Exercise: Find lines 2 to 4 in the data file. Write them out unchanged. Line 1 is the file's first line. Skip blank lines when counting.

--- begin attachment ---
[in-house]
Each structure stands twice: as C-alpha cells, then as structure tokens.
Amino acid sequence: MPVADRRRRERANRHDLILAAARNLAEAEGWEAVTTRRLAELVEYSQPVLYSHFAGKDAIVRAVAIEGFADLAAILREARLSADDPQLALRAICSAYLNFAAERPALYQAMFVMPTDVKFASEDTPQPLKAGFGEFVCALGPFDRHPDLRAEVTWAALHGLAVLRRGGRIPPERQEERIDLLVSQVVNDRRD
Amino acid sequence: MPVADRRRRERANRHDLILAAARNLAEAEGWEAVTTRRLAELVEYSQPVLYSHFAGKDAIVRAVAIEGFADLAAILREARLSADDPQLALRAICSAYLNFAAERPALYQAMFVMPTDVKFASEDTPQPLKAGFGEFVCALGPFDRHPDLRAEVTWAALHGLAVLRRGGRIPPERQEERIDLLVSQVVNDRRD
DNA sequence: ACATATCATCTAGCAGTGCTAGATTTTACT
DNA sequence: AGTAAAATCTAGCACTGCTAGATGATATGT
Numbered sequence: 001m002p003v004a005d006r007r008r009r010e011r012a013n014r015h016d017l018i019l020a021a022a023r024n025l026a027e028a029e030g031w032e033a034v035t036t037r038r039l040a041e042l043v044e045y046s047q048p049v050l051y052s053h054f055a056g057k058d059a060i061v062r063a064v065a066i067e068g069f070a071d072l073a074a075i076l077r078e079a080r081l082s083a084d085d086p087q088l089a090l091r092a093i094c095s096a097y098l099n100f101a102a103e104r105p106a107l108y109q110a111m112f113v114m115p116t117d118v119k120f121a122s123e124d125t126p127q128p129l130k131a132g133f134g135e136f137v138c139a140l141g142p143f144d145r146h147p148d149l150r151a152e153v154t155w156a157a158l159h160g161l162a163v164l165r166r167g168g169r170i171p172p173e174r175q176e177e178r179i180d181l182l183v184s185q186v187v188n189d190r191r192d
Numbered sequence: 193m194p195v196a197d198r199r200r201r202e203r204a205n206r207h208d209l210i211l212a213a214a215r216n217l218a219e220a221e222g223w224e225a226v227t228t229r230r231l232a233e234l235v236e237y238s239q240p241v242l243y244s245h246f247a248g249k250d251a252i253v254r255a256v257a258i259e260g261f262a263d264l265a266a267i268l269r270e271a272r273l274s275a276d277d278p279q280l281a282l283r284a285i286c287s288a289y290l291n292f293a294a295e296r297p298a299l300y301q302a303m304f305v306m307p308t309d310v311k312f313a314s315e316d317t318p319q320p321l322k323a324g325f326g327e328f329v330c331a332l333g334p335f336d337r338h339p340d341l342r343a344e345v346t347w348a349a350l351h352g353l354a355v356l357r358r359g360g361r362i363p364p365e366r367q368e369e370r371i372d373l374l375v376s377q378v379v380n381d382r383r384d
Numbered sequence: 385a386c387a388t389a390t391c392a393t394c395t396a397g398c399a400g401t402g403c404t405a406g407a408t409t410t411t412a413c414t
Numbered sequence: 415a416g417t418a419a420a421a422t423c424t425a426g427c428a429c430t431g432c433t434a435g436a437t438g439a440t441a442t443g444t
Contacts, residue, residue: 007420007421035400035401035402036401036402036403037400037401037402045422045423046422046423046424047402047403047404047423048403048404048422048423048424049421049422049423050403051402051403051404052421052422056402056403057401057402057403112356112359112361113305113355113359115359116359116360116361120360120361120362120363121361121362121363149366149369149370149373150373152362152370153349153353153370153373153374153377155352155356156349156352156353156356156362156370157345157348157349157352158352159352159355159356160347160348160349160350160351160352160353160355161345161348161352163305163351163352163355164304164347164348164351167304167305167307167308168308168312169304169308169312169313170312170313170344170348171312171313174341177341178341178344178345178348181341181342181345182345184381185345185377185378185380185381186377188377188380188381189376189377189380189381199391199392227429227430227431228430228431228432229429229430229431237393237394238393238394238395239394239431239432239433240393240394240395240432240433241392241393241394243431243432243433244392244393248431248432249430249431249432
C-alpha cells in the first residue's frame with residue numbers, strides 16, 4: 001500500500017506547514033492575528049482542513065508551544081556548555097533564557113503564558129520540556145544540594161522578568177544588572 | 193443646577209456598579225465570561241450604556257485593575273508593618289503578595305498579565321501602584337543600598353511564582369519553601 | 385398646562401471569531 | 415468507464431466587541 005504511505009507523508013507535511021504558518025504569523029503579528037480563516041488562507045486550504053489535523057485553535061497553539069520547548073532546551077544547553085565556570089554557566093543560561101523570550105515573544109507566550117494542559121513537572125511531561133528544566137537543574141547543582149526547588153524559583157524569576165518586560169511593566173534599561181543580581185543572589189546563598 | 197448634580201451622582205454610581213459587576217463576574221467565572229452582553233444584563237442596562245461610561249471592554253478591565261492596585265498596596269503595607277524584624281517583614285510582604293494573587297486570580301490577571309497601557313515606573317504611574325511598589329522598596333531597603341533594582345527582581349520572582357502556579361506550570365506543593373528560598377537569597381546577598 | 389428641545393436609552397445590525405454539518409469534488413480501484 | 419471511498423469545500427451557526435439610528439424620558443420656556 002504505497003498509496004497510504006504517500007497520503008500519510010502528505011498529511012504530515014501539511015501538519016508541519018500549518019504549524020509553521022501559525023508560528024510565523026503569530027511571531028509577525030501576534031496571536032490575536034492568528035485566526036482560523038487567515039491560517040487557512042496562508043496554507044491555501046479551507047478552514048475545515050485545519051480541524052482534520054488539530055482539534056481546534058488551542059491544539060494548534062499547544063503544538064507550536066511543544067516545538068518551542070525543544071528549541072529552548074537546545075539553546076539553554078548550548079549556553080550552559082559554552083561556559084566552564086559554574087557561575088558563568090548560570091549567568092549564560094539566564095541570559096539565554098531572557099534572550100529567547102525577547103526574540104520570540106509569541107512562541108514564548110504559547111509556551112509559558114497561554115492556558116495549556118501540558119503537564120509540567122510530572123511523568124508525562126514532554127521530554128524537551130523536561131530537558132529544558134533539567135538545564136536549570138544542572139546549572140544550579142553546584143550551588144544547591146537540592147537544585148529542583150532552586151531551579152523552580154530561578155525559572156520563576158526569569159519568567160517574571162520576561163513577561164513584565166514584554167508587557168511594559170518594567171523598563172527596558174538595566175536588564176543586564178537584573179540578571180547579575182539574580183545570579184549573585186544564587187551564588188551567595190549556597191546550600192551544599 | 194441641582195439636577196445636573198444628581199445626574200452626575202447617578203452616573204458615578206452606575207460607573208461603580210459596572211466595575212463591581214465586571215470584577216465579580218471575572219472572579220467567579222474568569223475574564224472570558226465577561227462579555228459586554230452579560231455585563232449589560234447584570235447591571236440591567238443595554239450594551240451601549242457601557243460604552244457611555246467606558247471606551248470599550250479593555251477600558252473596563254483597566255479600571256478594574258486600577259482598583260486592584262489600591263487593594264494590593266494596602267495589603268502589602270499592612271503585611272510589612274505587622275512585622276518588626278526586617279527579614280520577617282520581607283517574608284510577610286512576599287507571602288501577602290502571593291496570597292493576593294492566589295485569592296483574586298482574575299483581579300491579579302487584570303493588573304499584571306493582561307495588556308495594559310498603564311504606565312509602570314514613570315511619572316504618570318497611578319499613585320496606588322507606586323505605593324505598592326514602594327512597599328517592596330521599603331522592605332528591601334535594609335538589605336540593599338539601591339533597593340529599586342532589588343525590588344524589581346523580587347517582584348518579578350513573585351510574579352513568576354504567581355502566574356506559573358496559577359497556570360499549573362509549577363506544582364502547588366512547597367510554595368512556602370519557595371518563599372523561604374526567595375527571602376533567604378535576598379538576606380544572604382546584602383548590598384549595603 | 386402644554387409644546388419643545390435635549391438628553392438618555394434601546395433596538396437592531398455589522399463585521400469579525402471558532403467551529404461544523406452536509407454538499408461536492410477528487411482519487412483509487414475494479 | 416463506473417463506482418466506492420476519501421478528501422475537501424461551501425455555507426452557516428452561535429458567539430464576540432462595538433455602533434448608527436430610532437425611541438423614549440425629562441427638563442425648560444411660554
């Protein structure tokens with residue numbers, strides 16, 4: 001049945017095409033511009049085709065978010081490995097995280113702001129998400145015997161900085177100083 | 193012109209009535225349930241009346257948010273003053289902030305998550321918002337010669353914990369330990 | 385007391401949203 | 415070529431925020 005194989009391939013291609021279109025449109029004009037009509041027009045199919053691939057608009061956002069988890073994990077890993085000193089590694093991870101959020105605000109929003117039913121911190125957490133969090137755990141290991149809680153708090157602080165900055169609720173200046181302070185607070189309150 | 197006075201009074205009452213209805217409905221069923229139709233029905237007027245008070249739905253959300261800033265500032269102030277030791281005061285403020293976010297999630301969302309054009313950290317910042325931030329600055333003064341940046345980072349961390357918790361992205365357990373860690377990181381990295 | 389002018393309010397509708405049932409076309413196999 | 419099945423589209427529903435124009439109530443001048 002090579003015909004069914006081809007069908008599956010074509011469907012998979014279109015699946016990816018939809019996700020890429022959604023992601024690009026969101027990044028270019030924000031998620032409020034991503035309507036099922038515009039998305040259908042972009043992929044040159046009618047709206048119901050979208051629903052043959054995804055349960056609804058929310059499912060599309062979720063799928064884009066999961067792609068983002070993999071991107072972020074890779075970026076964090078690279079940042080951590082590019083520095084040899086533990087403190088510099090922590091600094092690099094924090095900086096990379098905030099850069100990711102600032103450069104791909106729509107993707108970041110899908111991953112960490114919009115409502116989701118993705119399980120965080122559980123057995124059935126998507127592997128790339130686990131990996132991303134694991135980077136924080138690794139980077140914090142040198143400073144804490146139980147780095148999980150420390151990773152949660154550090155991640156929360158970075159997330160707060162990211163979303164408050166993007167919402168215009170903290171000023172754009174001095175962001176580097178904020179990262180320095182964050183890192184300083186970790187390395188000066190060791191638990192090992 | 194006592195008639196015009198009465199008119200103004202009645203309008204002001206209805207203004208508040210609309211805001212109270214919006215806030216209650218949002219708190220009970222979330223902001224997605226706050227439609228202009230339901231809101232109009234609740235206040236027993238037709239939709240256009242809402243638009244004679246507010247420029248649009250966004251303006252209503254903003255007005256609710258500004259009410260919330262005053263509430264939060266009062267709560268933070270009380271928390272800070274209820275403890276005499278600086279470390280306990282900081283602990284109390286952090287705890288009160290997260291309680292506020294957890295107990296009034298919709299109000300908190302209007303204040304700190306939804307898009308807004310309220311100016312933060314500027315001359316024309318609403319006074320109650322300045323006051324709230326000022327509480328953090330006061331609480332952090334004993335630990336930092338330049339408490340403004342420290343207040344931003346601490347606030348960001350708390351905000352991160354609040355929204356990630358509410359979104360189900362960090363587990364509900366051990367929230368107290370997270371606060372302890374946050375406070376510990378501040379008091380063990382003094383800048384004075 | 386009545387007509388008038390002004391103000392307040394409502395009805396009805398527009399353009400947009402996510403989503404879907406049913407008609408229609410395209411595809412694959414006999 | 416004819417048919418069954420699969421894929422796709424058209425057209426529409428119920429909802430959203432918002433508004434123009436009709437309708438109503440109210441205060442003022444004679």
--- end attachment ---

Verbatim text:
Each structure stands twice: as C-alpha cells, then as structure tokens.
Amino acid sequence: MPVADRRRRERANRHDLILAAARNLAEAEGWEAVTTRRLAELVEYSQPVLYSHFAGKDAIVRAVAIEGFADLAAILREARLSADDPQLALRAICSAYLNFAAERPALYQAMFVMPTDVKFASEDTPQPLKAGFGEFVCALGPFDRHPDLRAEVTWAALHGLAVLRRGGRIPPERQEERIDLLVSQVVNDRRD
Amino acid sequence: MPVADRRRRERANRHDLILAAARNLAEAEGWEAVTTRRLAELVEYSQPVLYSHFAGKDAIVRAVAIEGFADLAAILREARLSADDPQLALRAICSAYLNFAAERPALYQAMFVMPTDVKFASEDTPQPLKAGFGEFVCALGPFDRHPDLRAEVTWAALHGLAVLRRGGRIPPERQEERIDLLVSQVVNDRRD